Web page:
Personal politics as the key to foreign policy

Biden’s relationship with Netanyahu is based in part on his longstanding love and support for Israel. In an old C-SPAN clip shared by activists and analysts this week, a much younger Joe Biden says the United States shouldn’t have to apologize for supporting Israel and giving it billions of dollars in military aid.

“There is no excuse, no,” he said. “If there were no Israel, the United States of America would have to invent an Israel to protect its interests in the region.”

Biden has long believed that personal relationships are key to shaping foreign policy. Even when Obama was attacked by Netanyahu, Biden managed to keep his relations with the Israeli leader from deteriorating. In due course, Obama reached out to Biden to reach out to Jewish or pro-Israel organizations and discuss sensitive issues such as the Iranian nuclear deal.

But Biden aides, who previously worked for Obama, have not forgotten Netanyahu’s little things that easily. These affronts included failing to tell the White House in 2015 that the Israeli Prime Minister was visiting Washington at the invitation of the Republicans deliver a speech to Congress beating up the nuclear deal.

Trump’s 2016 win was a huge boost for Netanyahu, who openly wooed the Republican. Trump took a strictly pro-Israeli approach to the Israeli-Palestinian issue by recognizing Jerusalem as Israel’s capital, moving the US embassy there and effectively ending US aid to Palestinians.

When Biden was declared to have defeated Trump in the 2020 election, Netanyahu was particularly late in delivering congratulations compared to other world leaders, but he cited the friendship that many of these other leaders lacked.

“Joe, we have had a long and warm personal relationship for almost 40 years and I know you to be a great friend of Israel.” The Israeli leader tweeted.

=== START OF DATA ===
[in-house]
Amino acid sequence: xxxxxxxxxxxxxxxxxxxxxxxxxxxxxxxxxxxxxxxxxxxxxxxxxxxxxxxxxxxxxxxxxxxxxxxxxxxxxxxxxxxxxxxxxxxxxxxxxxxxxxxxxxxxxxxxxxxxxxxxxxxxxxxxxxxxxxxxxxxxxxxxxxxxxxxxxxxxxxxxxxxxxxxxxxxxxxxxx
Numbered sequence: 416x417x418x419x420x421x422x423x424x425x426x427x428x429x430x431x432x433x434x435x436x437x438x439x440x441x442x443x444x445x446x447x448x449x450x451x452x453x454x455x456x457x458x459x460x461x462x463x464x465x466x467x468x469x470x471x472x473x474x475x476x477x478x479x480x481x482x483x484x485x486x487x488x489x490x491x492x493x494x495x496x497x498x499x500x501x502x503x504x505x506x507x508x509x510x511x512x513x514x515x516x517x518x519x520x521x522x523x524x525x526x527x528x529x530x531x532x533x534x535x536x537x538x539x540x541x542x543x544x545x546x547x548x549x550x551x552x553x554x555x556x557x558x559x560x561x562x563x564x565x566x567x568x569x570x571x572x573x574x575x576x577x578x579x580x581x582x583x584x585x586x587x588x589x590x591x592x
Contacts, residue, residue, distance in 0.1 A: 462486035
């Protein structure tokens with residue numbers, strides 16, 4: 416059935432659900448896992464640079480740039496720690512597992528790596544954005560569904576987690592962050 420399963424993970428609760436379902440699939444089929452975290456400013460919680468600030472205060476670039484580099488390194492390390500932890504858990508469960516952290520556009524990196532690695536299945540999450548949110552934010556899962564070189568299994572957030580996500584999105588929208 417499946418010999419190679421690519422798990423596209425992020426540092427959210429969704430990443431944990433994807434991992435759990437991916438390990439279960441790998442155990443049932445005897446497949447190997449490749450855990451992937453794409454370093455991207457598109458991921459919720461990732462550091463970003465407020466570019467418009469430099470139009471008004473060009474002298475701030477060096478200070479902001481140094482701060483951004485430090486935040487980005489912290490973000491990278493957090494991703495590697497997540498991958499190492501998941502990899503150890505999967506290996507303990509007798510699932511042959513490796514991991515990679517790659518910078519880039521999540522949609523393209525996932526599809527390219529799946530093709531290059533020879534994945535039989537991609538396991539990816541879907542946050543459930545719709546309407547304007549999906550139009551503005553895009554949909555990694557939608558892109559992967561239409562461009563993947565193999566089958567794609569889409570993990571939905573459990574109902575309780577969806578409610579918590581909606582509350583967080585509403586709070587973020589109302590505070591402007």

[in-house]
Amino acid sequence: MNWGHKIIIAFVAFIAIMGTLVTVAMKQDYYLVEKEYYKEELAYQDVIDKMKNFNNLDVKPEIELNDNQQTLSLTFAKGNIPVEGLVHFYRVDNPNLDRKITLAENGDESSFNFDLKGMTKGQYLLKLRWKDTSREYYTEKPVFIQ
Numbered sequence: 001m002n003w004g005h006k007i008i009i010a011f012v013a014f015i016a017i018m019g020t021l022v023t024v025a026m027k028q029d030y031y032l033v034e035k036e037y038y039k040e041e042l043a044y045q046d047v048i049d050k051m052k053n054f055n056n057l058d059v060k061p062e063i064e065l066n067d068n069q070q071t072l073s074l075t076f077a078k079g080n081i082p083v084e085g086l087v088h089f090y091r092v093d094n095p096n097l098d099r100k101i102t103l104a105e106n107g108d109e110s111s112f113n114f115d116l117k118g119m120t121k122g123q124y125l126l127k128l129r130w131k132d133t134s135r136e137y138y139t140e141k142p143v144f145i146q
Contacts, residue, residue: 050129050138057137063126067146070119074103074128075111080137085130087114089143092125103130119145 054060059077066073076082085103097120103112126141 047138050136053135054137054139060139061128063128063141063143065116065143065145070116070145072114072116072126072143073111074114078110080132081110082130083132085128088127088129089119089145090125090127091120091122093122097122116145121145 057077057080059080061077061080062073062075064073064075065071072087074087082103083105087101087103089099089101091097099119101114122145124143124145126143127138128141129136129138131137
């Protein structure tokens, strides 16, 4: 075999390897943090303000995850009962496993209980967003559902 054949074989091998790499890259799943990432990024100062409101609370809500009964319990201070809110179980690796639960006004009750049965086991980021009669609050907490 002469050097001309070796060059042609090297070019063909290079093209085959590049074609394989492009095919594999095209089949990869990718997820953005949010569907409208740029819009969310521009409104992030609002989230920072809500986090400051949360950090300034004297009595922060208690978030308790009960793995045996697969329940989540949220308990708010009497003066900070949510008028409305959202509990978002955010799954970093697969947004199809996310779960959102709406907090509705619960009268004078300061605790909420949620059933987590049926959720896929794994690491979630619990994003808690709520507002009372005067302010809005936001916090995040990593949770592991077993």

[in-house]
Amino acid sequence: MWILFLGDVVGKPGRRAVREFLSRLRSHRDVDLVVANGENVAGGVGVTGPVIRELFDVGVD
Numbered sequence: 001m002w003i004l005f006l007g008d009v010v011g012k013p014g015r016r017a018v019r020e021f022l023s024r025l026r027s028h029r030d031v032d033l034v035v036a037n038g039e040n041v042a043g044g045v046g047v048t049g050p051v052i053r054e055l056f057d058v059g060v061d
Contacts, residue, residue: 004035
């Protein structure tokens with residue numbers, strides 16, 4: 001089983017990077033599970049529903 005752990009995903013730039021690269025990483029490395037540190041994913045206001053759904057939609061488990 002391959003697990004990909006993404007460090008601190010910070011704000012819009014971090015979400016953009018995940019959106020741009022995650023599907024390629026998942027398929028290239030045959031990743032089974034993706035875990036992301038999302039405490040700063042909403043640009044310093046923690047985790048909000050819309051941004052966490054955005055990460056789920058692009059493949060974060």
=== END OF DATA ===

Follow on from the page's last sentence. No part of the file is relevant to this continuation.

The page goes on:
By taking over the presidency, Biden put the Israeli-Palestinian conflict at a disadvantage. Realizing that neither side was ready for peace talks, he and his team decided that the United States was facing more pressing challenges, including dealing with the coronavirus pandemic and confronting China.

The bloodshed in recent days, originally sparked by disputes over access to holy sites and possible evictions of Palestinians from their homes in East Jerusalem, has made it impossible to ignore the problem.

Biden has also tried to reconnect with the Iranian nuclear deal, an ongoing point of friction with Netanyahu.

In the midst of intense lobbying by the Israeli Prime Minister, Trump abandoned the deal in 2018 that lifted sanctions against Iran in exchange for curtailing its nuclear program. Biden advisors are now indirectly talking to Iran in Vienna about how both sides can return to complying with the agreement. Meanwhile, Israel reportedly fell short of attempts to sabotage a resurrection of the deal, including an attack on an Iranian nuclear facility.

Netanyahu argues that the original deal is too weak and provides too much economic relief for Iran in exchange for temporarily disrupting its nuclear efforts. Israel sees Iran as an existential threat.

During his 2014 speech, telling North America’s Jewish associations of his love for Netanyahu, Biden made a promise he has repeated in the years since – A promise he hoped would convince Israel of America’s commitment to its security.

“We will not allow Iran to acquire a nuclear weapon. Period. Period. Period, ”he said.